closely that no busy maid has a moment to whisper "You are heir of

England." I suspect if we could dissect the little heart, we should find

that some pigeon or other bird of the air had carried the matter,

however.' This, it seems, was not the case. Charles Knight has told us how

he one morning saw the household breakfasting in the open air, at a table

on the lawn. It is also related that Victoria took her airings in

Kensington Gardens in a little phaeton drawn by a tiny pony, led by a

page. A dog ran between the legs of the pony one day, frightening it, so

that the little carriage was upset, and the princess would have fallen on

her head, but for the presence of mind of an Irishman who rescued her.

Leigh Hunt saw her once 'coming up a cross-path from the Bayswater gate,

with a girl of her own age by her side, whose hand she was holding as if

she loved her;' and he adds that the footman who followed seemed to him

like a gigantic fairy. When the princess was in her fifth year, George

IV., who acted as one of her godfathers, sent a message to parliament

which resulted in a grant for the cost of the education of his niece.



In 1824, when the princess was five years old, Fräulein Lehzen, a German

lady, became her governess; afterwards she held the post of the Queen's

private secretary, until relieved by the Prince-Consort. She was the

daughter of a Hanoverian pastor, and came to England in 1818 as governess

to the Princess Feodora of Leiningen. In her home letters she records that

'the princess received her in a pretty, childlike way,' and describes her

as 'not tall, but very pretty;' adding that she 'has dark brown hair,

beautiful blue eyes, and a mouth which, though not tiny, is very

good-tempered and pleasant; very fine teeth, a small but graceful figure,

and a very small foot. She was dressed in white muslin with a coral

necklet.' The domestic life was that of any other well-regulated and happy

family. The princess shared her governess's bedroom. They all took their

meals together at a round table. When they did not go to church, the

duchess read a sermon aloud and commented pleasantly on it. As early as

1830 Thomas Moore heard the Princess Victoria sing duets with her mother,

who also sang some pretty German songs herself.



Nor are there lacking traces of strict and chastening discipline. The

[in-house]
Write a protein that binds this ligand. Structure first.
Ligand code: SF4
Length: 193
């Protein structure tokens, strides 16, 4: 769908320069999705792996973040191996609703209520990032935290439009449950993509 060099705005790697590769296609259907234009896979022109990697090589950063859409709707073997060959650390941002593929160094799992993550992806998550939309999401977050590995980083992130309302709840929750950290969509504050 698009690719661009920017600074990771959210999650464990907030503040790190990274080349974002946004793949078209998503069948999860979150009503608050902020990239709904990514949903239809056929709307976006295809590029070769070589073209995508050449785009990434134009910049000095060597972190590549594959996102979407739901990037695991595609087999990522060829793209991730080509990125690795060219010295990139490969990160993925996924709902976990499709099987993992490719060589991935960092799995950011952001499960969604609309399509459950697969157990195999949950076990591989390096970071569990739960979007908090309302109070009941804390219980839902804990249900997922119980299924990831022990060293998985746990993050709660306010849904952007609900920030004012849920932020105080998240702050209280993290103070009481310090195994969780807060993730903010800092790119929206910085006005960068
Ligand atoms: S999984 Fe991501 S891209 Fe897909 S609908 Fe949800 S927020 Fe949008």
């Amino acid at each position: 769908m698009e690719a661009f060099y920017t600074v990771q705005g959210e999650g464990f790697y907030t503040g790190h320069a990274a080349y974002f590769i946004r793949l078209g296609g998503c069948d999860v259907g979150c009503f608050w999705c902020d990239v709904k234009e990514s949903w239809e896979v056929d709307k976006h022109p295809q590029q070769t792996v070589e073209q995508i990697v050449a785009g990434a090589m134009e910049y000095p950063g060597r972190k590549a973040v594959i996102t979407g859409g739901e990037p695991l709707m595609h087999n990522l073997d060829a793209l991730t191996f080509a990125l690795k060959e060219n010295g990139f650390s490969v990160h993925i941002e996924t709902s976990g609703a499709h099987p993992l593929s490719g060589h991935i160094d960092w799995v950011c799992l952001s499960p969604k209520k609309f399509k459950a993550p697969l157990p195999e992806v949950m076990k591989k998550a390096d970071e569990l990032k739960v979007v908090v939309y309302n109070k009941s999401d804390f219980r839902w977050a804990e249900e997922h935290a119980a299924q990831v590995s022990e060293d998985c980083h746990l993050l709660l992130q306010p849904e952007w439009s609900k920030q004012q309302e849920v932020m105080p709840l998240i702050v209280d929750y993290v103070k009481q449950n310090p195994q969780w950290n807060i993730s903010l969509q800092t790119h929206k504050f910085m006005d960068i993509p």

princess had been early taught that there are good habits and duties in

the management of money. When she was buying toys at Tunbridge Wells, her

wishes outran her little purse, and the box for which she could not pay

was not carried away on credit, but set aside for her to fetch away when

the next quarter-day would renew her allowance. Fräulein Lehzen says, 'The

duchess wished that when she and the princess drove out, I should sit by

her side, and the princess at the back. Several times I could not prevent

it, but at last she has given in, and says on such occasions with a laugh

to her daughter: "Sit by me, since Fräulein Lehzen wishes it to be so."

But,' says the governess, 'I do not hesitate to remark to the little one,

whom I am most anxious not to spoil, that this consideration is not on her

account, because she is still a child, but that my respect for her mother

disposes me to decline the seat.' Once when the princess was reading how

Cornelia, the mother of the Gracchi, introduced her sons to the first of

Roman ladies with the words, 'These are my jewels,' she looked up from her

book, and remarked: 'She should have said my Cornelians.'






Mrs Oliphant remembers of having in her own youth seen the Princess

Victoria, and says: 'The calm full look of her eyes affected me. Those

eyes were very blue, serene, still, looking at you with a tranquil breadth

of expression which, somehow, conveyed to your mind a feeling of

unquestioned power and greatness, quite poetical in its serious

simplicity.' While on a visit to Malvern she climbed walls and trees, and

rode on a donkey. One day she had climbed an apple tree, and could not get

down till relieved by the gardener, who got a guinea for his pains, which

was preserved and neatly framed. On another occasion, at Wentworth House,

the gardener cautioned her: 'Be careful, miss, it's slape' (using a

provincial form for 'slippery'), while she was descending a sloping piece

of turf, where the ground was wet. While she was asking, 'What is

slape?'her feet slid from beneath her, and the old gardener was able

to explain as he lifted her up, 'That's slape, miss.'



Miss Jane Porter, then resident at Claremont, describes the princess as a

beautiful child, with a cherubic form of features, clustered round by

glossy, fair ringlets. Her complexion was remarkably transparent, with a

soft, but often heightening tinge of the sweet blush-rose upon her cheeks,

that imparted a peculiar brilliancy to her clear blue eyes. Whenever she

met any strangers in her usual paths, she always seemed, by the quickness

of her glance, to inquire who and what they were? The intelligence of her